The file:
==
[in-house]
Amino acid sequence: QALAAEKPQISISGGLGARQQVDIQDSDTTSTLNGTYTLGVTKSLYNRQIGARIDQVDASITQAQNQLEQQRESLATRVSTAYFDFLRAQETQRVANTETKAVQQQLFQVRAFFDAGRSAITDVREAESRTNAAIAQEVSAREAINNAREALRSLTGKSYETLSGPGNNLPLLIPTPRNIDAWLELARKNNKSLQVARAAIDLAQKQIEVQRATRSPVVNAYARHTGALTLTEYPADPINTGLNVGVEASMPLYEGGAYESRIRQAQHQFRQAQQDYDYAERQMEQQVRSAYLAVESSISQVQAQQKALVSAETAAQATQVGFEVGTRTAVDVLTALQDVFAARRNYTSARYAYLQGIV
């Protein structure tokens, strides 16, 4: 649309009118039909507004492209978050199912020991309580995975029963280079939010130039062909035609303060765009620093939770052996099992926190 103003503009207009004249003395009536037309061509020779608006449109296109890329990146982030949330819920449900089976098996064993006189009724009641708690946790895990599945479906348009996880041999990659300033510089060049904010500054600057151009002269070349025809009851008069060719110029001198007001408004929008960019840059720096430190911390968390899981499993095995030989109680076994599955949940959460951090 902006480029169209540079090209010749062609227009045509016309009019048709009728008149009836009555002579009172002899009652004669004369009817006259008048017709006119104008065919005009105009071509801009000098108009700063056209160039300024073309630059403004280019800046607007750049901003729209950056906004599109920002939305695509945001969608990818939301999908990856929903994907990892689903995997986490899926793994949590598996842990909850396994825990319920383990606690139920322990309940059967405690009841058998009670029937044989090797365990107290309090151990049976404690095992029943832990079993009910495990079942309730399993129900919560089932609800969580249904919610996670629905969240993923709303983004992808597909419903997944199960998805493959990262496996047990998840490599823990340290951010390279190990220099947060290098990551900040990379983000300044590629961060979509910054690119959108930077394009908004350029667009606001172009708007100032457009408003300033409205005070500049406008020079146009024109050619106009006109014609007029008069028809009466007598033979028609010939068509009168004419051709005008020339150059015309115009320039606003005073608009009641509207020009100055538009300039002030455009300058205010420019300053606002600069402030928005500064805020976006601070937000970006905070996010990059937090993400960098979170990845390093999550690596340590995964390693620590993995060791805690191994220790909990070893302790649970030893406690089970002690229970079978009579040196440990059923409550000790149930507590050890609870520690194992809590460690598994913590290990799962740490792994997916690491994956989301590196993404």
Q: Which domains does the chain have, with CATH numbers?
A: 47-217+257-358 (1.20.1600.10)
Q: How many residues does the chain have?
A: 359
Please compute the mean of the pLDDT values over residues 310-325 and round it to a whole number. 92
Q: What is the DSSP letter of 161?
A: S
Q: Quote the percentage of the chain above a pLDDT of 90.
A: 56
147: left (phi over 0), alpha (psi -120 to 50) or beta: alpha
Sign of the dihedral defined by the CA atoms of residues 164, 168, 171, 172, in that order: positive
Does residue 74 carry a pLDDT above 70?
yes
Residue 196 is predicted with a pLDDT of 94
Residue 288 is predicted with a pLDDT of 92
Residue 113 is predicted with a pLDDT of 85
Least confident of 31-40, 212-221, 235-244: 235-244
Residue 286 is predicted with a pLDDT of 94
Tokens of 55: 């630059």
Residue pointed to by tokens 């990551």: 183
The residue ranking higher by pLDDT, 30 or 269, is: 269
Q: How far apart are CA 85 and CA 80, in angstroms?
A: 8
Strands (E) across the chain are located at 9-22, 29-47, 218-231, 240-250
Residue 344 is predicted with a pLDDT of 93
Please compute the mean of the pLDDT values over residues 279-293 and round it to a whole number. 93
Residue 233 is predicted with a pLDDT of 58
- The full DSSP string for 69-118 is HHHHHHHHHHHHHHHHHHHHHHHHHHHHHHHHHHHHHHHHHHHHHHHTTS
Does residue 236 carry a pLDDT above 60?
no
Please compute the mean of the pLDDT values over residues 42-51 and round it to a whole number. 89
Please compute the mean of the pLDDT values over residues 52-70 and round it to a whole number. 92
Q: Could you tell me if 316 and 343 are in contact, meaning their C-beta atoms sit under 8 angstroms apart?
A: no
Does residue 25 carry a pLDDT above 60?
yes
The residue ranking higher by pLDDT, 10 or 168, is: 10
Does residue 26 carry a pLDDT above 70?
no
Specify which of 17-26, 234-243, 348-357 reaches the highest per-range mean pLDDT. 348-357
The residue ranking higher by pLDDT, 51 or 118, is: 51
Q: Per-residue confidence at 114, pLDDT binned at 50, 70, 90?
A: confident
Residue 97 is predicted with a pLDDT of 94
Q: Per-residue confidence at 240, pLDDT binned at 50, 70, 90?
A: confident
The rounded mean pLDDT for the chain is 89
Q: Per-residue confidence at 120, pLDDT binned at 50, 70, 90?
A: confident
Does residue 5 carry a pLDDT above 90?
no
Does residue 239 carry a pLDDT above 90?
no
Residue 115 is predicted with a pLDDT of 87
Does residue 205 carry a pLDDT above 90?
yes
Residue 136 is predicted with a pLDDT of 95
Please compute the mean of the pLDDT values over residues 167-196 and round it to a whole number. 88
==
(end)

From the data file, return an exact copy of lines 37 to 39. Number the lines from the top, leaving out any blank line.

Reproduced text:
A: no
Does residue 25 carry a pLDDT above 60?
yes